More Envelopes / Annual / with Due Date not calculating monthly requirement correctly

  • 1
  • Problem
  • Updated 3 years ago
  • In Progress
I like the annual type of envelopes with a due date set. I thought it would divide out the remaining money required for the remaining time required for each month. It seems to not be doing that. I have some categories that are stuck at the non-due date type where it just divides by 12 regardless of amount in the envelope. I have another that is just wrong on the math. It says like $6 per month for a $1,200 item. I just found out it has been doing this for the past 8 months, so I'm quite far behind in that. I have another category for 1k that ends like 2 weeks before the 1.2k envelope and it seems to calculate OK. Anyway, I like the concept but it seems to not work all the time. 
Photo of Jacob C

Jacob C

  • 1 Post
  • 0 Reply Likes
  • concerned .

Posted 4 years ago

  • 1
Photo of Karisa Russell

Karisa Russell, Official Rep

  • 1751 Posts
  • 233 Reply Likes
Hi Jacob, 

Sorry for the troubles! Annual Envelopes with due dates should calculate your suggested fill amount based on how many fill opportunities you have left before your due date, and how much you have left to save. 

If that's not what you're experiencing, would you mind shooting us an email to support@goodbudget.com with your Household username so we can take a closer look? Thanks! 
Photo of David Bissell

David Bissell

  • 16 Posts
  • 2 Reply Likes
I'm having a similar issue where the math is going wrong.  For example, I have an annual car registration budget of $1020.  This should be $85 per month.  This works fine with no due date.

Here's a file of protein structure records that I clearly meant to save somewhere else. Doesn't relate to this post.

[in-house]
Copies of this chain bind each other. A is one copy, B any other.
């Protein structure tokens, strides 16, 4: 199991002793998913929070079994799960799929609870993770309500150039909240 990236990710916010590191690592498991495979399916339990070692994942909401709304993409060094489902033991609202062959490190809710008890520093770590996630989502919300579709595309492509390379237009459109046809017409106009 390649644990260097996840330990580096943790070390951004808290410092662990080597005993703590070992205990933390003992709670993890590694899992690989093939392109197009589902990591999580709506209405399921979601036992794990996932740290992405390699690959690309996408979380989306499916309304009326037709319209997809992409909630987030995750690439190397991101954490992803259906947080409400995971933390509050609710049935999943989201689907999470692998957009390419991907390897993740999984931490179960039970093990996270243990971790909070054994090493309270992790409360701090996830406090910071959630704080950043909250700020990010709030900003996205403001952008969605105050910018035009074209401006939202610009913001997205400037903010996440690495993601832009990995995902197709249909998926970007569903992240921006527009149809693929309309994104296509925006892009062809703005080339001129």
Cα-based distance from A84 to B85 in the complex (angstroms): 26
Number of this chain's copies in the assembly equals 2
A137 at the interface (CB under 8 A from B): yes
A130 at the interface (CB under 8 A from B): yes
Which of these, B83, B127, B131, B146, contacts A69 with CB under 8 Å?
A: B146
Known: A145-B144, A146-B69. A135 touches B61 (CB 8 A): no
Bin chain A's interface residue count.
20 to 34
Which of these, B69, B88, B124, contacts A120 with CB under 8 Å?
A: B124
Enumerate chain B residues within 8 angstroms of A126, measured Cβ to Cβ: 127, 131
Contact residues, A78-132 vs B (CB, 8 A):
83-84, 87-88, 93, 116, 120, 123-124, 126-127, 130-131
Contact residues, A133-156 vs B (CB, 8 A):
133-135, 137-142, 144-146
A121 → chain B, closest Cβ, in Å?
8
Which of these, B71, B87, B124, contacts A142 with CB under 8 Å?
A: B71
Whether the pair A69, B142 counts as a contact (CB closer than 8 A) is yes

But, if I put in a date of yesterday (ie, 12 months from now), I get a budget of $110.73 per month.
This is well above the annual budget (and the envelope is empty.)

My car service budget is similar.  $700 Annual envelope, with $610.30 in it.  No due date, $58.33 as expected. If I put in a due date of May (so next year) the monthly budget comes out at $56.36.  Obviously, that overshoots a bit.  A due date of any month from July up to February results in monthly budget of $0.  If I set it to March, it comes out as $76.84.

Other annual envelopes I have (Car insurance) seem to be fine, correctly having an amount/12 with a due date set when I'm on track.

However, I actually want the OPPOSITE behavior than Jacob above - I want to budget a set amount per month (the annual / 12), but not have the budget automatically adjust if I'm ahead.  I use this for things like car service - I want to put in x per month, but If don't spend it all for the yearly service, that's fine (I might need it for tyres later). I want to keep rolling it forward along with the normal x per month.
I just use the due date as a note, and to see the black bar to check progress rather than wanting to adjust the amounts automagically.

I didn't actually realize the annual envelopes did this auto adjusting behavior based on the amount in the envelope.  This might explain why my budget amount kept changing every month and no longer lining up with my income.
Photo of Karisa Russell

Karisa Russell, Official Rep

  • 1751 Posts
  • 233 Reply Likes
Hi David, 

Thanks for posting! To add a little more detail, the suggested fill for Annual Envelopes with due dates is calculated based on how many fill opportunities you have left before your due date, and how much you've filled the Envelope with so far for the 'year' - not the actual Envelope balance. And, by 'year', I mean the time frame starting from your due date of the previous year up until your due date this year. 

That means how much you've filled so far into those Annuals with due dates mattes. My guess is that's why the calculation was adjusting for you, because you had an amount filled in those Envelopes. Even things like filling the Envelope with more or less than the suggested fill will adjust the calculation for the following month. 

All to say, if you want to fill the Envelope with a stable 1/12 of the budget, I'd recommend removing the due date. You will lose the black line, but it might be worth it because you can be more certain that what you're budgeting for matches your income. 

I hope that makes sense!